Movie review: Homeless teen searches for sanctuary in 'Gimme Shelter'


Vanessa Hudgens takes on the role of troubled teen in the faith-based drama “Gimme Shelter.”


    Rated: PG-13 for mature thematic material involving mistreatment, some drug content, violence and language concerning teens. Starring: Vanessa Hudgens, Rosario Dawson, Brendan Fraser. Director: Ron Krauss. Running time: 100 minutes. Theaters: Edwards 22 in Boise and Edwards 14 in Nampa.

"Gimme Shelter" is a simplistic, faintly emotional account of a pregnant teen's desperate search for help, support and compassion with the huge decision she faces. It's simplistic because the script discounts debate over that decision and glosses over the messy details of the path she chooses.

But it's emotional because we, and plainly some of the characters, know those messy details, even if other characters do not.

Agnes (Vanessa Hudgens) is 16 and poor, the daughter of a drug addict (Rosario Dawson) who had her too young. Agnes, who decides she wants to be called Apple, is all piercings, ill-fitting dirty clothes and tattoos. And if she needs a case study in how life can go wrong by having a baby at that tender age, she can look at Mom - a raging, staggering, yellow-toothed horror in her early 30s.

But Apple, with no more warning than an "I'm OUT," runs away - fist-fighting her mother to get through the door and sets out in search of the father she's never met.

Hudgens seems to revel in playing Apple, a hostile, ill-mannered and impulsive Every Teen - not at all the sort of girl you'd want around if you're worried about your own children. The character attracts violence and seems capable of it, too. And she is just clueless.

Where can she go, who is left to turn to? Her mother, wanting that extra welfare check, is tracking her down. As street-savvy as this sullen, stand-offish girl is, she's in way over her head here.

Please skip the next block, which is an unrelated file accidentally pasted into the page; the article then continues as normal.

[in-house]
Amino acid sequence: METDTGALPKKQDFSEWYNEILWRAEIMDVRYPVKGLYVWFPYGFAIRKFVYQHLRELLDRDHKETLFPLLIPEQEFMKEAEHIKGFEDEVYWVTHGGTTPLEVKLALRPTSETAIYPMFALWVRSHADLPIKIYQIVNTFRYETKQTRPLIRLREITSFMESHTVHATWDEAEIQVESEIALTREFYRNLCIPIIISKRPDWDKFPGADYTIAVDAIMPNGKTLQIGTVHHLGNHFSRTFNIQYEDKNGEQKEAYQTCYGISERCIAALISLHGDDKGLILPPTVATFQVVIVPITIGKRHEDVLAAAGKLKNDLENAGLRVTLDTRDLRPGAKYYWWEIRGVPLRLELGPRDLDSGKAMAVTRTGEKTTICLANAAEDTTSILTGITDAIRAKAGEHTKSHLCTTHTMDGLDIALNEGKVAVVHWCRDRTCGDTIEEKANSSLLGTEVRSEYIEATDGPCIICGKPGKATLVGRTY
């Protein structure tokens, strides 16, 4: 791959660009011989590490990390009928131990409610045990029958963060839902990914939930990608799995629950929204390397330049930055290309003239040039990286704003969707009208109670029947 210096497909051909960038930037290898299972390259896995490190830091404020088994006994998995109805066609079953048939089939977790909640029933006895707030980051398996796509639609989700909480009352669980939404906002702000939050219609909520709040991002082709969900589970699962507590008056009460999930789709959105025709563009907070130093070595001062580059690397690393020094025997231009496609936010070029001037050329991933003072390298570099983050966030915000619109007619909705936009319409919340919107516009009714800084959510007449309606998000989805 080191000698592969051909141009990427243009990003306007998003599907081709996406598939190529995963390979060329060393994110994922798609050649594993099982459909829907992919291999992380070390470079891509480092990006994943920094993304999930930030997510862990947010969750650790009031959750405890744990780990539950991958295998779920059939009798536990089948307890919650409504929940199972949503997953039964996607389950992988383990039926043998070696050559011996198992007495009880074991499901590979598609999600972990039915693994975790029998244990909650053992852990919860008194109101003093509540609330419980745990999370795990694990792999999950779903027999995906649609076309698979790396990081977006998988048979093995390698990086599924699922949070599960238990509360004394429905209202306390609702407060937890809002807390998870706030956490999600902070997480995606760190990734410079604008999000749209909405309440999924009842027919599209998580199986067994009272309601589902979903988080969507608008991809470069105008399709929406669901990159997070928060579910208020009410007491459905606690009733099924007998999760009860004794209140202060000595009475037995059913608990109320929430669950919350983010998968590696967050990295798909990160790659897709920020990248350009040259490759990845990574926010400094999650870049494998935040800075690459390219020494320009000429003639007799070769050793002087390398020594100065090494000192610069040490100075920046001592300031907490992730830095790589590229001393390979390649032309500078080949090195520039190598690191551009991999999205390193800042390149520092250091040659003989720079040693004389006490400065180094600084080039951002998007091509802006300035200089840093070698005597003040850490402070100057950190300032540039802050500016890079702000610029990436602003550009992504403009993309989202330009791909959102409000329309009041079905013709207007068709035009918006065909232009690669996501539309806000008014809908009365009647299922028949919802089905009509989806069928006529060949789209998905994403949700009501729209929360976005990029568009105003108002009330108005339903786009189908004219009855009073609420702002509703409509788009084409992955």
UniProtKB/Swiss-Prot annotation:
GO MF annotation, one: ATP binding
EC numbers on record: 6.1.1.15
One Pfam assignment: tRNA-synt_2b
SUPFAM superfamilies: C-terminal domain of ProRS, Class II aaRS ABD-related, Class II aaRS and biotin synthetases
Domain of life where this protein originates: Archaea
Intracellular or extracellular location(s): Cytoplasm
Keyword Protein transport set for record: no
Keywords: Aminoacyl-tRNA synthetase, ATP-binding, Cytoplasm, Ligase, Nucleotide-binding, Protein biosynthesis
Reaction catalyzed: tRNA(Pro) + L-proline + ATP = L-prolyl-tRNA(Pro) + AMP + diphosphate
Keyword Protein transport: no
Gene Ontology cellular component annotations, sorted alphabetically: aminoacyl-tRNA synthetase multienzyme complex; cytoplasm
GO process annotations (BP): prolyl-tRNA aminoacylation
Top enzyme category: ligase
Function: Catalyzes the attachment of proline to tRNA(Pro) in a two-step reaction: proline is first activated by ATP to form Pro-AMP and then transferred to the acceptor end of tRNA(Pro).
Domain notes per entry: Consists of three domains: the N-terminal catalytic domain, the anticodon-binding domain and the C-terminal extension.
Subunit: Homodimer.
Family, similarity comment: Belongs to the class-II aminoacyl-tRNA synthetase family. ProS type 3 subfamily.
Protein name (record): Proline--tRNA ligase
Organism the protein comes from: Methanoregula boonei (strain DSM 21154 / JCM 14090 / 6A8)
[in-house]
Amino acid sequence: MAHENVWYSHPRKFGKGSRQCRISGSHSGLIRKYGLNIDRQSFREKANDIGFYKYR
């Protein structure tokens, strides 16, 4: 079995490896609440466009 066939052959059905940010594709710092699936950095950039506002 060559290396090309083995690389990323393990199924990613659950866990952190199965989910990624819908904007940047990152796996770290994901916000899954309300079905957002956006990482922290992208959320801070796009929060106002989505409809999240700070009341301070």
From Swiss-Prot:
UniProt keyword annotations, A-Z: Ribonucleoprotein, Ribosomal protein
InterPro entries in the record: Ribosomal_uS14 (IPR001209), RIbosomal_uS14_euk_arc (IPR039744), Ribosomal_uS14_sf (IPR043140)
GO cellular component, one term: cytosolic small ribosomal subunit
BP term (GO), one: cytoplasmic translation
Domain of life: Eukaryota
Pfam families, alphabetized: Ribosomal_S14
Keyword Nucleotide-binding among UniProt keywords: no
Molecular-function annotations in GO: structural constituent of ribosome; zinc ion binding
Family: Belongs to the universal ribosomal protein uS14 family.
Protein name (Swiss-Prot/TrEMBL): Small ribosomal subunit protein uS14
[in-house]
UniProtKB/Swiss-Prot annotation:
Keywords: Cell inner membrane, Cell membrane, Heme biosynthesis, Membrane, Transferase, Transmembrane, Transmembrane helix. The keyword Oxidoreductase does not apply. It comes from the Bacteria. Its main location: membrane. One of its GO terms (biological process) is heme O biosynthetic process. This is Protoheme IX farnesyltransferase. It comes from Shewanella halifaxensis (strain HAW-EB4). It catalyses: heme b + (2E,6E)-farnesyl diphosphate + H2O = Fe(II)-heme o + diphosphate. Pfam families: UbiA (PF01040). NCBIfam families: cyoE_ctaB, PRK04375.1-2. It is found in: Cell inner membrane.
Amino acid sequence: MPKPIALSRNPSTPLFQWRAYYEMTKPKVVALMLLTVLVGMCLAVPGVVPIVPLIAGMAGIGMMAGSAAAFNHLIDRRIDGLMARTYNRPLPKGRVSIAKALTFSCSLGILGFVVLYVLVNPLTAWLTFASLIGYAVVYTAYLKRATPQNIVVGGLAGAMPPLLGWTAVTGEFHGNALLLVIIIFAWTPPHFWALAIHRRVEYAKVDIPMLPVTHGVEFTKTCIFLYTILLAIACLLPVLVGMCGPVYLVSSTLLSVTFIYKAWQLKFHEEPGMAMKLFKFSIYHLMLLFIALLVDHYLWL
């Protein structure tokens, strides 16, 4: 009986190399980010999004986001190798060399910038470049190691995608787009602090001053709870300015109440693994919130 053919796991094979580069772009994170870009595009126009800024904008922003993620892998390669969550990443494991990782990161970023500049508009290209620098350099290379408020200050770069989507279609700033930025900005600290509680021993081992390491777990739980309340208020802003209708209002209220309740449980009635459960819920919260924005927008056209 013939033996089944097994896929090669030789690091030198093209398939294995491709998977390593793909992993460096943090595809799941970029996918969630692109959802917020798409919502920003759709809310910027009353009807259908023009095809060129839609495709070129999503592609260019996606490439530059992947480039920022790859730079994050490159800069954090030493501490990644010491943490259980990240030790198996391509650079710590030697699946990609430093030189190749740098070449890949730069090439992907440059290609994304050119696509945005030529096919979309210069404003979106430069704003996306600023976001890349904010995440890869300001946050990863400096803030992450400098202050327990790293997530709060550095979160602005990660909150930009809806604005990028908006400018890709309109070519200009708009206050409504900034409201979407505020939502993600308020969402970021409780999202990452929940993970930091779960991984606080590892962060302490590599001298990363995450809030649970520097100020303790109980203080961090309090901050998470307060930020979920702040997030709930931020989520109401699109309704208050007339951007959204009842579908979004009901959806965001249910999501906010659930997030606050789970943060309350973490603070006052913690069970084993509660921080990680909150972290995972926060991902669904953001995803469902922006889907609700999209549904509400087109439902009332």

A priest (James Earl Jones) and a shelter run by the understanding but no-nonsense Kathy (Ann Dowd) offer Apple sanctuary. Does she have the good sense to take it, or will she bring the problems of her world crashing into theirs?

Writer-director Ron Krauss embraces the grit but fails to find much that surprises here. He attracted a good cast, and Hudgens, hell-bent on leaving her Disney "High School Musical" image behind, dives into the street language and angry, downcast look of a defiant girl who doesn't know how little she knows about how bad things are and how much worse they could get.

A better film would have made more of the dilemmas, been more honest with the many dead ends facing Apple. This shelter doesn't seem to do much other than house pregnant girls - no schooling, vocational training, state assistance.

It's the sort of movie whose finale leaves you wondering, "Why do they always leave out what happens next?"

Idaho Statesman is pleased to provide this opportunity to share information, experiences and observations about what's in the news. Some of the comments may be reprinted elsewhere in the site or in the newspaper. We encourage lively, open debate on the issues of the day, and ask that you refrain from profanity, hate speech, personal comments and remarks that are off point. Thank you for taking the time to offer your thoughts.

Commenting FAQs | Terms of Service